The ancient city of Mapungubwe (meaning ‘hill of the jackal’) is an Iron Age archaeological site in the Limpopo Province on the border between South Africa, Zimbabwe and Botswana. It sits close to the point where the Limpopo and Shashe Rivers meet.
One thousand years ago, Mapungubwe appears to have been the centre of the largest known kingdom in the African sub-continent before it was abandoned in the 14th century.
The Mapungubwe Cultural Landscape demonstrates the rise and fall of the first indigenous kingdom in Southern Africa between 900 and 1,300 AD. The core area covers nearly 30,000 ha and is supported by a suggested buffer zone of around 100,000 ha. Within the collectively known Zhizo sites are the remains of three capitals – Schroda; Leopard’s Kopje; and the final one located around Mapungubwe hill – and their satellite settlements and lands around the confluence of the Limpopo and the Shashe rivers whose fertility supported a large population within the kingdom.
The Mapungubwe Artifacts
The Mapungubwe Collection curated by at the University of Pretoria Museums comprises archaeological material excavated at the Mapungubwe. The archaeological collection comprises ceramics, metals, trade glass beads, indigenous beads, clay figurines, and bone and ivory artifacts.
Mapungubwe’s position at the crossing of the north/south and east/west routes in southern Africa also enabled it to control trade, through the East African ports to India and China, and throughout southern Africa. From its hinterland it harvested gold and ivory – commodities in scarce supply elsewhere – and this brought it great wealth as displayed through imports such as Chinese porcelain and Persian glass beads.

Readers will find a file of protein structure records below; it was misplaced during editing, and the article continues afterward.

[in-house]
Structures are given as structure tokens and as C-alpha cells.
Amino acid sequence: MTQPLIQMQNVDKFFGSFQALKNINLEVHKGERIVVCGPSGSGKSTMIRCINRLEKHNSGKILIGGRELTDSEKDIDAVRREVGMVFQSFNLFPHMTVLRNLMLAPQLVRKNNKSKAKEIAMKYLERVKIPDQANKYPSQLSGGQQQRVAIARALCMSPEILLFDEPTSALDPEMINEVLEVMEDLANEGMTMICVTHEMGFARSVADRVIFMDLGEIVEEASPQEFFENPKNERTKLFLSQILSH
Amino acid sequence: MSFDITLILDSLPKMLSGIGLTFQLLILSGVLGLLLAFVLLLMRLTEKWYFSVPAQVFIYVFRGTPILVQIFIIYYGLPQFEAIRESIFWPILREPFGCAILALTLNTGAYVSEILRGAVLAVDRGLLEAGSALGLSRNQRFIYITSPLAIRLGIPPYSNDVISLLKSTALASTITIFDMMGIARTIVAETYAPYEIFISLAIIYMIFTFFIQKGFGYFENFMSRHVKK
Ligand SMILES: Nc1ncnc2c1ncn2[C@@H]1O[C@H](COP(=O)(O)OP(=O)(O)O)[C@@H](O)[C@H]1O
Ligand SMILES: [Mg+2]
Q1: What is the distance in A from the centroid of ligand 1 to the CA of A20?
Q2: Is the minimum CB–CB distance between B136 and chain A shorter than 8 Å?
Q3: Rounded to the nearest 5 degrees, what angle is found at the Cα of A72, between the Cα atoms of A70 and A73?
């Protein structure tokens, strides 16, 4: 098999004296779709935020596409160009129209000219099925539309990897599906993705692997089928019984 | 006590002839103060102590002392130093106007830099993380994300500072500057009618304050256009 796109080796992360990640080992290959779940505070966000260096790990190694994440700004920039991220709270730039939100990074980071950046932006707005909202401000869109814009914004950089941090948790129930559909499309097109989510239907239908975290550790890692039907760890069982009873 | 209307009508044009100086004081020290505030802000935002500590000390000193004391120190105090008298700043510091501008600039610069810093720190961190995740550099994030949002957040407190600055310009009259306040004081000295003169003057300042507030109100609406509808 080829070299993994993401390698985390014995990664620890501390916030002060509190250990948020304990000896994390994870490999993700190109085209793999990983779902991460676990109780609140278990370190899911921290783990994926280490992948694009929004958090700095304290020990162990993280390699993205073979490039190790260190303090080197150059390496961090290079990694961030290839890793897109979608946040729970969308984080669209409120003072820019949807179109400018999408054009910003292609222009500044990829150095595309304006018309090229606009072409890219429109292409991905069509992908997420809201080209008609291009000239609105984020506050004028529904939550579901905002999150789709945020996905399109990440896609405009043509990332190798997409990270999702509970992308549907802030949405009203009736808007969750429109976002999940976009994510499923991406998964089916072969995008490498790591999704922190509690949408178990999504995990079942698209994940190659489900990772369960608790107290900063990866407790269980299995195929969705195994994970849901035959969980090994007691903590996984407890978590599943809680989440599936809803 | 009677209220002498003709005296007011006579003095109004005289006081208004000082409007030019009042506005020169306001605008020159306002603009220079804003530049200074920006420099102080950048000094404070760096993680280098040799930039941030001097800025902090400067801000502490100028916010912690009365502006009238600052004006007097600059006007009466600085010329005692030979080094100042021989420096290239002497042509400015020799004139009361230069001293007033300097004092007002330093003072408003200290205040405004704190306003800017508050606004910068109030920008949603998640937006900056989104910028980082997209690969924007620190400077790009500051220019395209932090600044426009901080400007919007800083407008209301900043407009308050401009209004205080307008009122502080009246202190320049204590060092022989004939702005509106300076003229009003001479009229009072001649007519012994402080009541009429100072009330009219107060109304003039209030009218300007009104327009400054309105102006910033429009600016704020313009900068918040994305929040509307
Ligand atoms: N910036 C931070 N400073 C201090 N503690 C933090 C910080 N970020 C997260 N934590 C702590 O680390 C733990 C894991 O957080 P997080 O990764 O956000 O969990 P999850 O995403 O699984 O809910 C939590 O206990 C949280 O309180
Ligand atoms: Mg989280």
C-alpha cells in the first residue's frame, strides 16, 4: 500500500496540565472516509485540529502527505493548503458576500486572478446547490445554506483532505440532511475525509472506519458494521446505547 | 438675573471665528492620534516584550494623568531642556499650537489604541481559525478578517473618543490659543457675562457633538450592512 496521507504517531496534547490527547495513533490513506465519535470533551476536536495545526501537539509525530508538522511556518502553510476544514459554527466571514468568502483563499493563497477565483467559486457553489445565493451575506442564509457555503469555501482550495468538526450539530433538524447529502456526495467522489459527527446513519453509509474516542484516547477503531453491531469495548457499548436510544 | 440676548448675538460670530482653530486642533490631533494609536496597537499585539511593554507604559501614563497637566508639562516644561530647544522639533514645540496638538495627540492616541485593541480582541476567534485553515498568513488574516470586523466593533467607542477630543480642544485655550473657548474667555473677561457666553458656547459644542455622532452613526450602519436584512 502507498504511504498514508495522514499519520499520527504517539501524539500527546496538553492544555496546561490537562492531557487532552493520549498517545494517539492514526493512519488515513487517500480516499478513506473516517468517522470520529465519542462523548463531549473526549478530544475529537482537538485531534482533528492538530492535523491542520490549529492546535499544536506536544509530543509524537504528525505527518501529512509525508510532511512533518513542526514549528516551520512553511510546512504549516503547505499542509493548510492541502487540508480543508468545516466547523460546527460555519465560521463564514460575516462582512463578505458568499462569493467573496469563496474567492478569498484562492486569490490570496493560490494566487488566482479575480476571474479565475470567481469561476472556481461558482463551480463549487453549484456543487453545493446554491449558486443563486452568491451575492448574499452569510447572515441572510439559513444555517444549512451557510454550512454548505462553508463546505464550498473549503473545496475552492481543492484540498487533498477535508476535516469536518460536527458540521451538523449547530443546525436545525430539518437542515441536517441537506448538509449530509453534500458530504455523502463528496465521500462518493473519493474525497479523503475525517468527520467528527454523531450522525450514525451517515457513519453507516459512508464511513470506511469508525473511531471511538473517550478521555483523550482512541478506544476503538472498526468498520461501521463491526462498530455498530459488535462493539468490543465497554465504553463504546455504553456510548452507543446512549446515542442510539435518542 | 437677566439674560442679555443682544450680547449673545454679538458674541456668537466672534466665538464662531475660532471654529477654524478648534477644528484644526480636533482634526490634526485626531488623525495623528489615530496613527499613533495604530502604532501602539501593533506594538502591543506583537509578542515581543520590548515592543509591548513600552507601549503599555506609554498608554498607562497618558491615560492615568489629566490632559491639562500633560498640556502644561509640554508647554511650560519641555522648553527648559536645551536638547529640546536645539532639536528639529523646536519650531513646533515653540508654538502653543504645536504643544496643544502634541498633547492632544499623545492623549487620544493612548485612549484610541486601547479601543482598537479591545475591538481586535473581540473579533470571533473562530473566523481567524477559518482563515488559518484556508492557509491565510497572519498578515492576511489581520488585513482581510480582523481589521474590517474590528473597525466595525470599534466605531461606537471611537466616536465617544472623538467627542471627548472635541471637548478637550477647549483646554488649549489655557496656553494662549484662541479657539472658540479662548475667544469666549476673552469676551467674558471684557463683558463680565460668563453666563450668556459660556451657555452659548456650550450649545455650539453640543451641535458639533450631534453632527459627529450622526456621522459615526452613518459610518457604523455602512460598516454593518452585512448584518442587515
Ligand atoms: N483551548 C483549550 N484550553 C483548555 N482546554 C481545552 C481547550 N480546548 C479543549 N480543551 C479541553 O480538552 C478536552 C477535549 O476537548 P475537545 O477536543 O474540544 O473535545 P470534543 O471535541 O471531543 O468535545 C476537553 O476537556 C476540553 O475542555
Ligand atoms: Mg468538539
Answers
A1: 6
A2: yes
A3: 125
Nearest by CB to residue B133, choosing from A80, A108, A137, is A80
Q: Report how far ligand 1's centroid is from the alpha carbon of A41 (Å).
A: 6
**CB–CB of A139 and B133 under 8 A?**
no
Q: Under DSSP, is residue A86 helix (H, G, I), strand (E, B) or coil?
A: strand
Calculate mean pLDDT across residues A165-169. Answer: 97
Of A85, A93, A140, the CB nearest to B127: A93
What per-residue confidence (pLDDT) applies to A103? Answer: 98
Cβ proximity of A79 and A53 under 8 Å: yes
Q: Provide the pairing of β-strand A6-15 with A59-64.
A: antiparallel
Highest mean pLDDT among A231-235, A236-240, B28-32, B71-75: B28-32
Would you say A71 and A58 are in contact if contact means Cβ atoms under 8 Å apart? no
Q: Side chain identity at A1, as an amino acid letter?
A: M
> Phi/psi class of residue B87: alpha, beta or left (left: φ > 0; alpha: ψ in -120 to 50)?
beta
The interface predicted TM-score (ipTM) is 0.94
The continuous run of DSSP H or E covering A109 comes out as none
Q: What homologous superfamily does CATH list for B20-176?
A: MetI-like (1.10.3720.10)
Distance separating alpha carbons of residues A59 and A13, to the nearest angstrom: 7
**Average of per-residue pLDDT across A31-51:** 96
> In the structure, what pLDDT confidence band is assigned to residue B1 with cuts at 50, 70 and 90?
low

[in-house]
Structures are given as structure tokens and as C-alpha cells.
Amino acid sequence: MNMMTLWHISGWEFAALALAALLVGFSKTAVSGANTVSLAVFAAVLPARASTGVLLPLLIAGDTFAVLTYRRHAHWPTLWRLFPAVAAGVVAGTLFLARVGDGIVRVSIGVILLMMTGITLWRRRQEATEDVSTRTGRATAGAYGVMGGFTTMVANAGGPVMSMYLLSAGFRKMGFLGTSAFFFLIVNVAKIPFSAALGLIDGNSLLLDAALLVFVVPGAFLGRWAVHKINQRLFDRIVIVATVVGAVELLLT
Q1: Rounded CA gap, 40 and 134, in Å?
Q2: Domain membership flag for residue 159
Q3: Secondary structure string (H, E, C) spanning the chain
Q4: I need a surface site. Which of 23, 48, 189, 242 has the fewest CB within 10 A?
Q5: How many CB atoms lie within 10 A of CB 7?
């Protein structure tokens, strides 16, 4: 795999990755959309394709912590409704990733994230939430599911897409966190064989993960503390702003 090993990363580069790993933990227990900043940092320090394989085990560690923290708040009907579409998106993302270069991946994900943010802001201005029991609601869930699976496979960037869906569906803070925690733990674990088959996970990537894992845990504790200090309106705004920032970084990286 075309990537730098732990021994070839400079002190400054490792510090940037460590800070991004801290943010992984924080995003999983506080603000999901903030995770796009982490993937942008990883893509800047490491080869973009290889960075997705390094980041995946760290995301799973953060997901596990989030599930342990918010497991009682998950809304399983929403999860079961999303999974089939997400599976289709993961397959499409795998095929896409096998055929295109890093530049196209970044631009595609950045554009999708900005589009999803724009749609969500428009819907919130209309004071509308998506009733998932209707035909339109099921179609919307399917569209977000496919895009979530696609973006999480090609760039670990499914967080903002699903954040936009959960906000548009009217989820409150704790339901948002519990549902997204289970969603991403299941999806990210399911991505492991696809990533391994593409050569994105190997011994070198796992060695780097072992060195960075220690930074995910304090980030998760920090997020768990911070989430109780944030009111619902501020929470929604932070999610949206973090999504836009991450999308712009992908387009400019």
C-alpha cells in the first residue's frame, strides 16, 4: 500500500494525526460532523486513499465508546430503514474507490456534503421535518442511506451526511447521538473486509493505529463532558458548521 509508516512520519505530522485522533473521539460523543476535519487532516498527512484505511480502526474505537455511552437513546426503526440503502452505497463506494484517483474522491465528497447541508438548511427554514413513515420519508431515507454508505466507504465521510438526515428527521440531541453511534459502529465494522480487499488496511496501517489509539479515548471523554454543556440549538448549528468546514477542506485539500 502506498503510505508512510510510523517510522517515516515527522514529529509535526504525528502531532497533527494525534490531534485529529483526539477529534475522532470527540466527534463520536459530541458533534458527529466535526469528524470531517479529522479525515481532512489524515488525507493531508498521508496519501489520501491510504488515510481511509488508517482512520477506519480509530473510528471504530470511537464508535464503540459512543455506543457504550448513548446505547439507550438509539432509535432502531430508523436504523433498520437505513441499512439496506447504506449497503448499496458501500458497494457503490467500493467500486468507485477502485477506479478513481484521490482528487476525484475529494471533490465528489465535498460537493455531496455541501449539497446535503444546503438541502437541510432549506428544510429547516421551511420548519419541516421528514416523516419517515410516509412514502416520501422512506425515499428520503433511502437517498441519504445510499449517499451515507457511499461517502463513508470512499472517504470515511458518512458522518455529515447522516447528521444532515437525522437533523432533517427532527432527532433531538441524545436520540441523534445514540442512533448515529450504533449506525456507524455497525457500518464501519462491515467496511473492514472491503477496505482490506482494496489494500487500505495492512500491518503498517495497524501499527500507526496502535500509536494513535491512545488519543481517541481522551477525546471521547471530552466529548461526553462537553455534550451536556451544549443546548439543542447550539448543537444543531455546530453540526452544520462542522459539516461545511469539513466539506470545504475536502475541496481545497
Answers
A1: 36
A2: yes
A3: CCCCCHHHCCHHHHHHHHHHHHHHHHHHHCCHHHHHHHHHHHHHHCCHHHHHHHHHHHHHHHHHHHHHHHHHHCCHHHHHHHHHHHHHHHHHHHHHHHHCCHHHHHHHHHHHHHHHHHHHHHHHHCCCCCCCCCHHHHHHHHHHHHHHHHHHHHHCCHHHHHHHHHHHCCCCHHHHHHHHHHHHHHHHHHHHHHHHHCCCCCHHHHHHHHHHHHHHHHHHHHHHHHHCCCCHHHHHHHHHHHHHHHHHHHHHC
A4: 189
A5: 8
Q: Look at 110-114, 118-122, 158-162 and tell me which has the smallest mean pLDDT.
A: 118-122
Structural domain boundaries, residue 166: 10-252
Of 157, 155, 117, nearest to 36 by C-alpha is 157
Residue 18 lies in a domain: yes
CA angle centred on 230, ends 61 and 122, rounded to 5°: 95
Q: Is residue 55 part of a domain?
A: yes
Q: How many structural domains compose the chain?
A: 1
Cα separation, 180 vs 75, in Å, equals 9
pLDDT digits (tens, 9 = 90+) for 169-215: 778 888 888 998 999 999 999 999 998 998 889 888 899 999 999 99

This international trade also created a society that was closely linked to ideological adjustments, and changes in architecture and settlement planning. Until its demise at the end of the 13th century AD, Mapungubwe was the most important inland settlement in the African subcontinent and the cultural landscape contains a wealth of information in archaeological sites that records its development. The evidence reveals how trade increased and developed in a pattern influenced by an elite class with a sacred leadership where the king was secluded from the commoners located in the surrounding settlements.
Mapungubwe’s demise was brought about by climatic change. During its final two millennia, periods of warmer and wetter conditions suitable for agriculture in the Limpopo/Shashe valley were interspersed with cooler and drier pulses. When rainfall decreased after 1300 AD, the land could no longer sustain a high population using traditional farming methods, and the inhabitants were obliged to disperse. Mapungubwe’s position as a power base shifted north to Great Zimbabwe and, later, Khami.
The remains of this famous kingdom, when viewed against the present day fauna and flora, and the geo-morphological formations of the Limpopo/Shashe confluence, create an impressive cultural landscape of universal significance.